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In elementary number theory, a highly powerful number is a positive integer that satisfies a property introduced by the Indo-Canadian mathematician Mathukumalli V. Subbarao.[1] The set of highly powerful numbers is a proper subset of the set of powerful numbers.

Define prodex(1) = 1. Let n be a positive integer, such that \( {\displaystyle n=\prod _{i=1}^{k}p_{i}^{E(p_{i})}} \), where \( {\displaystyle p_{1},\ldots ,p_{k}} \) are k distinct primes in increasing order and \( {\displaystyle E(p_{i})} \) is a positive integer for \( {\displaystyle i=1,\ldots ,k} \). Define \( {\displaystyle \operatorname {prodex} (n)=\prod _{i=1}^{k}E(p_{i})} \) The positive integer n is defined to be a highly powerful number if and only if, for every positive integer \( {\displaystyle m,\,1\leq m<n} \) implies that \( {\displaystyle \operatorname {prodex} (m)<\operatorname {prodex} (n).} \) [2]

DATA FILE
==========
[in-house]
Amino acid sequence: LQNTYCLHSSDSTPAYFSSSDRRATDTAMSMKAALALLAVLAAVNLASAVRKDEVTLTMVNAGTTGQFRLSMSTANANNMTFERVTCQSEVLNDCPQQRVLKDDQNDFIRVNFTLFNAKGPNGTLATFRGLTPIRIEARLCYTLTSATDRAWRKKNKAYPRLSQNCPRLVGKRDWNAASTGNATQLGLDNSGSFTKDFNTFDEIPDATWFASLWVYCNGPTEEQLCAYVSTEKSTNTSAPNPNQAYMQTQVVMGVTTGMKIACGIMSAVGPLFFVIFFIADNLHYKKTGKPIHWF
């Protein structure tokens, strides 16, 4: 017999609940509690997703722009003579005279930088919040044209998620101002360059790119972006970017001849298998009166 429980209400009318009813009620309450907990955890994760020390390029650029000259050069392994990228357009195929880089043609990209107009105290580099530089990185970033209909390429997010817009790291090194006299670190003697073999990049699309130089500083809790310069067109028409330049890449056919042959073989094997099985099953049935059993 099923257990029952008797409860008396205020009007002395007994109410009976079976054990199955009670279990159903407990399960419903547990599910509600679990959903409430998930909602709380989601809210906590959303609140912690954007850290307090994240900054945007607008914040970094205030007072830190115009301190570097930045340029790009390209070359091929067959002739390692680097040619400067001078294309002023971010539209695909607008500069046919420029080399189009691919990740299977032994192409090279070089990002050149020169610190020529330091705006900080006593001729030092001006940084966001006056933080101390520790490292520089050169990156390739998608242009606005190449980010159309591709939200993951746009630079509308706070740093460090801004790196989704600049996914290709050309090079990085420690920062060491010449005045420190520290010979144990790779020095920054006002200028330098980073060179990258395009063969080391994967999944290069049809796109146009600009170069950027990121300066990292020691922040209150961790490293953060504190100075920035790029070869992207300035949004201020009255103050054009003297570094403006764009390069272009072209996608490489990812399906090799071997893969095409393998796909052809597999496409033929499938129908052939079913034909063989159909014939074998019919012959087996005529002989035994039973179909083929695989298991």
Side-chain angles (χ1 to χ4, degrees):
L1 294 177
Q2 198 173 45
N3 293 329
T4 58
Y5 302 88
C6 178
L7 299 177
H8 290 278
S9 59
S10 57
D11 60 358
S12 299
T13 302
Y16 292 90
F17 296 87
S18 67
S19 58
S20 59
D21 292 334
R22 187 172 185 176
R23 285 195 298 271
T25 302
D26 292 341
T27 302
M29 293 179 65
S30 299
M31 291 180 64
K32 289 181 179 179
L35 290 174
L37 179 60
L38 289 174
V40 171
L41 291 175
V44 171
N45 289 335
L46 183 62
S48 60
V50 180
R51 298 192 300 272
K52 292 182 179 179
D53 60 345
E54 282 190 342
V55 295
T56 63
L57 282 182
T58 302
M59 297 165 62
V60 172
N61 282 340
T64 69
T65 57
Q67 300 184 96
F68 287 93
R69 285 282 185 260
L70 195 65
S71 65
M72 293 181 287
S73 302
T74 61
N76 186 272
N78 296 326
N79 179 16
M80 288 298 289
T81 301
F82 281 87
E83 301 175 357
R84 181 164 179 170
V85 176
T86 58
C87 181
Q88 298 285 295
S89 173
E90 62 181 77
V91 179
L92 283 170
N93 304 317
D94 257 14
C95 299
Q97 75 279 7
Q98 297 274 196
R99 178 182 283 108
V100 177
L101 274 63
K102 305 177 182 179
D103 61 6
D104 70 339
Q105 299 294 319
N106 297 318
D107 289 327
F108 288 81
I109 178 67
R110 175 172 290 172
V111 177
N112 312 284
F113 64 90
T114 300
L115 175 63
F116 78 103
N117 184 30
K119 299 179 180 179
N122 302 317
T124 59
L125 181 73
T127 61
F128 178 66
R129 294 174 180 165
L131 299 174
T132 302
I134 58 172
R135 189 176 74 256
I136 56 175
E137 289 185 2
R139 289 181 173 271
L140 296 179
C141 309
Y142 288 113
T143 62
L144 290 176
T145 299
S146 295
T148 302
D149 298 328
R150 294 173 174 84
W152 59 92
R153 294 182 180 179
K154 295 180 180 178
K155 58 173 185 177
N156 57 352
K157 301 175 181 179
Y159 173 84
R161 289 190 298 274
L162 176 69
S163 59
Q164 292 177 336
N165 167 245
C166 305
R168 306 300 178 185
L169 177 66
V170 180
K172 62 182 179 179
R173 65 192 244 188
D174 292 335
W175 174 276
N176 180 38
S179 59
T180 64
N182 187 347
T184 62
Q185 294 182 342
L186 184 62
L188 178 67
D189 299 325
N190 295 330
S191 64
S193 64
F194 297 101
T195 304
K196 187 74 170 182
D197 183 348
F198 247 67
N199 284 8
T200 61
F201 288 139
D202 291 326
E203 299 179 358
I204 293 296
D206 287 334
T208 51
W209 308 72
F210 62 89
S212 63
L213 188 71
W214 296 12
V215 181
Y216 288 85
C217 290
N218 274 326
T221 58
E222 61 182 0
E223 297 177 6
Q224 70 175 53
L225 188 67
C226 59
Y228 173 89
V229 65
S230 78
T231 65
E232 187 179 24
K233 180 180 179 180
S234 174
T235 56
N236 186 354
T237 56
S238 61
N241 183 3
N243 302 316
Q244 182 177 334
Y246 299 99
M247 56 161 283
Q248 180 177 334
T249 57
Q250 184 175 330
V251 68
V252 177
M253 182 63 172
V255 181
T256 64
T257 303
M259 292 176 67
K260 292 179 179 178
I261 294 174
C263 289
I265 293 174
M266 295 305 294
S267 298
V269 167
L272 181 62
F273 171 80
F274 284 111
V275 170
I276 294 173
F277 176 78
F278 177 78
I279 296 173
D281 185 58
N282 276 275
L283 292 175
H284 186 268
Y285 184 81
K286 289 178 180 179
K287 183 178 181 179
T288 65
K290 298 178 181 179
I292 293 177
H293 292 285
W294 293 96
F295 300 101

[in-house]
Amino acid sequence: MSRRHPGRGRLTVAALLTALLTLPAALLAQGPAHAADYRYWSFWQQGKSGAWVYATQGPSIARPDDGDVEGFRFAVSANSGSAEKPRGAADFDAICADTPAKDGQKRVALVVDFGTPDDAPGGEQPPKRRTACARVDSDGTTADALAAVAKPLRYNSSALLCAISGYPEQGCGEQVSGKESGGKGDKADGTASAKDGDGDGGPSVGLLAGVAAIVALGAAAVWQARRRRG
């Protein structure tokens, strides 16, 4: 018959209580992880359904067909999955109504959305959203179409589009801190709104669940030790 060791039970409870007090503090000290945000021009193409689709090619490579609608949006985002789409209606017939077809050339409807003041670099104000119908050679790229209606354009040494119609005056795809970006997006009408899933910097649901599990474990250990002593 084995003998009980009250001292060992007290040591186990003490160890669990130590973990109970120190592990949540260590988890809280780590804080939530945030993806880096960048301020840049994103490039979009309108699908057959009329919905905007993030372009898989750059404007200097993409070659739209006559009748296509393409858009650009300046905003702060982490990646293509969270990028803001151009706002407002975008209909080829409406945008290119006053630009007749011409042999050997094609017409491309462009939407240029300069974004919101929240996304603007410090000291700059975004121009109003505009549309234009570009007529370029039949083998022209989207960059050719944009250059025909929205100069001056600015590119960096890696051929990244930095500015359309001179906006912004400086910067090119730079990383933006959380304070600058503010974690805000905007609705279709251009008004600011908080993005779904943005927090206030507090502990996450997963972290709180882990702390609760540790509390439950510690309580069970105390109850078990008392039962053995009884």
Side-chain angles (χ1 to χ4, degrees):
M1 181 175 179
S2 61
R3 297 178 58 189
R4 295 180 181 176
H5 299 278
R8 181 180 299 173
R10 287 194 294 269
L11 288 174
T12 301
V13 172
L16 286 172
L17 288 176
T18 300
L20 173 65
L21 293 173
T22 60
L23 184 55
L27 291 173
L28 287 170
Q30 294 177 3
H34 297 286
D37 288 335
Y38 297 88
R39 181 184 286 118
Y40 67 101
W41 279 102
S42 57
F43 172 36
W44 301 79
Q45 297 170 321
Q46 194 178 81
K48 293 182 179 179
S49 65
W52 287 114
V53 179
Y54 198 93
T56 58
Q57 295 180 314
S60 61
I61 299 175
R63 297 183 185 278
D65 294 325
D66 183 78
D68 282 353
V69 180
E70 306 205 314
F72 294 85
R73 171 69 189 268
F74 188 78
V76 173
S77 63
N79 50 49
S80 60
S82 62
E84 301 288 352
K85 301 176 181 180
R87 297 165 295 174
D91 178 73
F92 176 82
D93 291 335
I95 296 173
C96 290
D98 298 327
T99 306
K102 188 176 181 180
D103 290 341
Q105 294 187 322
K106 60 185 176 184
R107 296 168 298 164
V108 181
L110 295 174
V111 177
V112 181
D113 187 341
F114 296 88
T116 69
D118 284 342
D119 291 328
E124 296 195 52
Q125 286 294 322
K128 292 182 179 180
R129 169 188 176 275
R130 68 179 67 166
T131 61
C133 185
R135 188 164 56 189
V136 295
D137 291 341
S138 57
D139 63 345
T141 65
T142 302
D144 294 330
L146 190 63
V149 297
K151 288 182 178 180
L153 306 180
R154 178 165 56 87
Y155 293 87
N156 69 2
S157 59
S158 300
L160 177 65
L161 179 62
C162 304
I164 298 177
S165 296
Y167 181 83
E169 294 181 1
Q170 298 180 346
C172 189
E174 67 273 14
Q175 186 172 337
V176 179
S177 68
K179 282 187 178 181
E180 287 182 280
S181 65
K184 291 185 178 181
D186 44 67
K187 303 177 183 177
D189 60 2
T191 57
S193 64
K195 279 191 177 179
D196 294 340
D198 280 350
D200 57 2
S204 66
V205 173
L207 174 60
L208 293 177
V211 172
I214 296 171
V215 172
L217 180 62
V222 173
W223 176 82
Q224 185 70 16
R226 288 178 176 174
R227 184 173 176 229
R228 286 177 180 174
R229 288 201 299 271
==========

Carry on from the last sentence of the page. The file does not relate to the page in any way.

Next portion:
The first 25 highly powerful numbers are: 1, 4, 8, 16, 32, 64, 128, 144, 216, 288, 432, 864, 1296, 1728, 2592, 3456, 5184, 7776, 10368, 15552, 20736, 31104, 41472, 62208, 86400. (sequence A005934 in the OEIS)
References

Hardy, G. E.; Subbarao, M. V. (1983). "Highly powerful numbers". Congr. Numer. 37. pp. 277–307.
Lacampagne, C. B.; Selfridge, J. L. (June 1984). "Large highly powerful numbers are cubeful". Proceedings of the American Mathematical Society. 91 (2): 173–181. doi:10.1090/s0002-9939-1984-0740165-6.

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